No clinical trial with CSEh 
It is useful to remind that Geron’s studies are limited until now to preclinical studies on the animal, made on rats, because if the announcement of the authorisation by the FDA of a first clinical trial with human embryonic cells was very relieved, the suspension by the FDA of this same trial did not cause commotion… No clinical trial is actually performed with human embryonic cells.
It is not the first time that Geron benefits from this type of announcement: the company has already affirmed in 2004 it wanted to conduct clinical trials with glial cells coming from embryonic stem cells for the preparations of lesions of the spinal cord. It had started again the announcement in 2005. These announcements go together with the increase of its stock exchange quotation.
Clinical trials without CSEh
H. Deda and S. Kocabay’s teams have published in October 2008 very encouraging results of phase I clinical trials on the transplantation of hematopoietic autologous stem cells of bone marrow on nine patients with complete chronic lesion of spinal cord with A-level functional defect. This treatment was found efficient and safe, without complications. The use of autologous stem cells by these authors allows them in particular to avoid the reactions of immunologic rejection and reaction of the graft against the host, as well as the appearance of tumours at the injection points that would also be caused by a transplantation of human embryonic stem cells, according to the model recommended by S. Keirstead from his works on rats.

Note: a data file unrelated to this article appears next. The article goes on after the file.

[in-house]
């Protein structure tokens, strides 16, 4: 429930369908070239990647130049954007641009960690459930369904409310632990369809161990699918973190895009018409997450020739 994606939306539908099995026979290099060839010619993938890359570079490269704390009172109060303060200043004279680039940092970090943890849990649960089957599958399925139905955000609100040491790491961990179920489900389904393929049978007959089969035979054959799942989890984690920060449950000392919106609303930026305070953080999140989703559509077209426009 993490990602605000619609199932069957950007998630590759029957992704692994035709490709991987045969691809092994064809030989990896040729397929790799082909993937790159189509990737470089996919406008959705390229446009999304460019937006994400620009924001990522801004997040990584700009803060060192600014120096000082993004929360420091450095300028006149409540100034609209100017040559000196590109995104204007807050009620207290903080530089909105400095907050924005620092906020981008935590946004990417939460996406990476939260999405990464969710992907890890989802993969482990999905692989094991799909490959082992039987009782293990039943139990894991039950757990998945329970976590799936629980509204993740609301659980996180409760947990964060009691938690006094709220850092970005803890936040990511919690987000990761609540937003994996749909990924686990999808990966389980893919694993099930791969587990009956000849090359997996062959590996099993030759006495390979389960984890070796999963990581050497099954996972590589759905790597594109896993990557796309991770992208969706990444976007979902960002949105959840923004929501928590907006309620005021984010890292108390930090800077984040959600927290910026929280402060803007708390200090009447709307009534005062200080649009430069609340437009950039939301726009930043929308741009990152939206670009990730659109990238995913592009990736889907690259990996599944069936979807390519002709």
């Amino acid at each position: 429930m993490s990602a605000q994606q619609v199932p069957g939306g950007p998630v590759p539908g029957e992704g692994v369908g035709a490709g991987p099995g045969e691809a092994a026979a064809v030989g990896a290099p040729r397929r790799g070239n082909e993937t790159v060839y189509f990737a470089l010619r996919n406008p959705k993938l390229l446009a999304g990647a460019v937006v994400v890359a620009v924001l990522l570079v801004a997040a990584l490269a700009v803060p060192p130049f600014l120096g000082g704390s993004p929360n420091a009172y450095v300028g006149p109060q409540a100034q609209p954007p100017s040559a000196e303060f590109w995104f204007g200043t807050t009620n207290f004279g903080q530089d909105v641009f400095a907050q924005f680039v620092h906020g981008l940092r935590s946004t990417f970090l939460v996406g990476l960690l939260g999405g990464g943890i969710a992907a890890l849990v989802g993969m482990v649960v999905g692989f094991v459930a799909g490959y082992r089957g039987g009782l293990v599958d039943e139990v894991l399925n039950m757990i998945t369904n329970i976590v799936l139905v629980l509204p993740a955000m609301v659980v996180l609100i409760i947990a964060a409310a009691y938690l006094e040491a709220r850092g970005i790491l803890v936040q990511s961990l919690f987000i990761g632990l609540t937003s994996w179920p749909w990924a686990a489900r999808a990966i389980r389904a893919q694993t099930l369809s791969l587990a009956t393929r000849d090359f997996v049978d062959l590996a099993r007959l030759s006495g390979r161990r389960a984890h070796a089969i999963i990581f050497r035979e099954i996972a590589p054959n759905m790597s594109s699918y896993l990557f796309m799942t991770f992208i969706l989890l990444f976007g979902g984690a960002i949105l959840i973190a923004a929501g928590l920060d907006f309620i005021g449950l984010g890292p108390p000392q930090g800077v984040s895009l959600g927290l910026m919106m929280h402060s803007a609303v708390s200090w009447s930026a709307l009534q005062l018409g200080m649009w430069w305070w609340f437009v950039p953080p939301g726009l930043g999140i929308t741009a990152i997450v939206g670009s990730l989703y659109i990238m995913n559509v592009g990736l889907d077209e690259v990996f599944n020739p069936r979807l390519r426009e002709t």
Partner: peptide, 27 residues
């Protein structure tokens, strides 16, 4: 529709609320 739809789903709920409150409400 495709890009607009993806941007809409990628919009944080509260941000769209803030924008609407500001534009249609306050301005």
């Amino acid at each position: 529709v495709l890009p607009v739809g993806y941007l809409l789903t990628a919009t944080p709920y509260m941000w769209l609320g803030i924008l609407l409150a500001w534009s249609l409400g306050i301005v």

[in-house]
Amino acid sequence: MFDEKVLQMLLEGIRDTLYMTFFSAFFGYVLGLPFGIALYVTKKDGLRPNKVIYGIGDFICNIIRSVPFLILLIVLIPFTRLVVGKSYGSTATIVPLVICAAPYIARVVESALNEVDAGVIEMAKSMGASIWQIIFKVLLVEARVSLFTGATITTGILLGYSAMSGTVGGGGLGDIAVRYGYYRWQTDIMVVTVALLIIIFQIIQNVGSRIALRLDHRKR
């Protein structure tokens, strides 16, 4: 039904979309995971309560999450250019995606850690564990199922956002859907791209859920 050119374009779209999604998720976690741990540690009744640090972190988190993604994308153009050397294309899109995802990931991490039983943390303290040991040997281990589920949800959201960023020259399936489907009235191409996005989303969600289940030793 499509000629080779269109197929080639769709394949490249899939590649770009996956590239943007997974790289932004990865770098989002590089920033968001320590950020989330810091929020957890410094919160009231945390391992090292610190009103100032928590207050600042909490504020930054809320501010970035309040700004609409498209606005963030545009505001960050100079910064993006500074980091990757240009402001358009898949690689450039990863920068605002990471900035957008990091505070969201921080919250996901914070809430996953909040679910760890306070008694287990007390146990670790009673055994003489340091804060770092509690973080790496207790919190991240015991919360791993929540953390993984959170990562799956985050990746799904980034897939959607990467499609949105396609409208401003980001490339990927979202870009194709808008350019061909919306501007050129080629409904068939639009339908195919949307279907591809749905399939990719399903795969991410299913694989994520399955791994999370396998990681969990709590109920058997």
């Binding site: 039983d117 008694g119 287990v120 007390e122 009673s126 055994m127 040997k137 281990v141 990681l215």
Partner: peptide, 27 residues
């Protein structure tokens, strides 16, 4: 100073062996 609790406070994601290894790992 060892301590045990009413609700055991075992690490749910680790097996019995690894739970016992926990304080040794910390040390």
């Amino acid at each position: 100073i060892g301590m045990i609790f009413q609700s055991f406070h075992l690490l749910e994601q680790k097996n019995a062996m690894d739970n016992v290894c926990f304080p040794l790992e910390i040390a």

The rich Chinese experience 1 seems to show that the umbilical stem cells, which can be used in patients without problem of immunologic rejection or tumours, would also be more efficient than the marrow bone cells in the treatment of lesions of spinal cord. Moreover they would have the advantage to be able to be applied very quickly after the trauma, thanks to umbilical cord banks.
Also we have to note that other positive results obtained from patients, in the treatment of sclerosis en plaques by transplantation of mesenchymatous allogeneic 2 stem cells, or hematopoietic autologous stem cells 3 and by injections of autologous stem cells of bone marrow 4, or stromal stem cells of the vascular fraction of adipose tissue 5. In all these cases the stem cells did not cause negative reaction in these patients and have stopped the course of the disease and gave a clear improvement of their state.
We understand that the phase I clinical trial on transplantation of human embryonic stem cells in patients with lesions of spinal cord, like Geron foresees it, is not urgent, since we already have for several years the treatment for lesions of the spinal cord by adult stem cells or umbilical cord stem cells, and that the treatment was found to be sure and effective in patients.
1 – Cao FJ, Fang SO, Chin Med J, 20 janvier 2009
2 – J.Liang, L.Subn et al., Mult Scler. mai 2009
3 – R.K.Burt, W.H.Burns, The Lancet Neurology, mars 2009
4 – N.Scolding et al., nov 2009
5-Riordan NH, B.Minev, J. Translational Medicine, 24 avril 2009 

Share this post

For further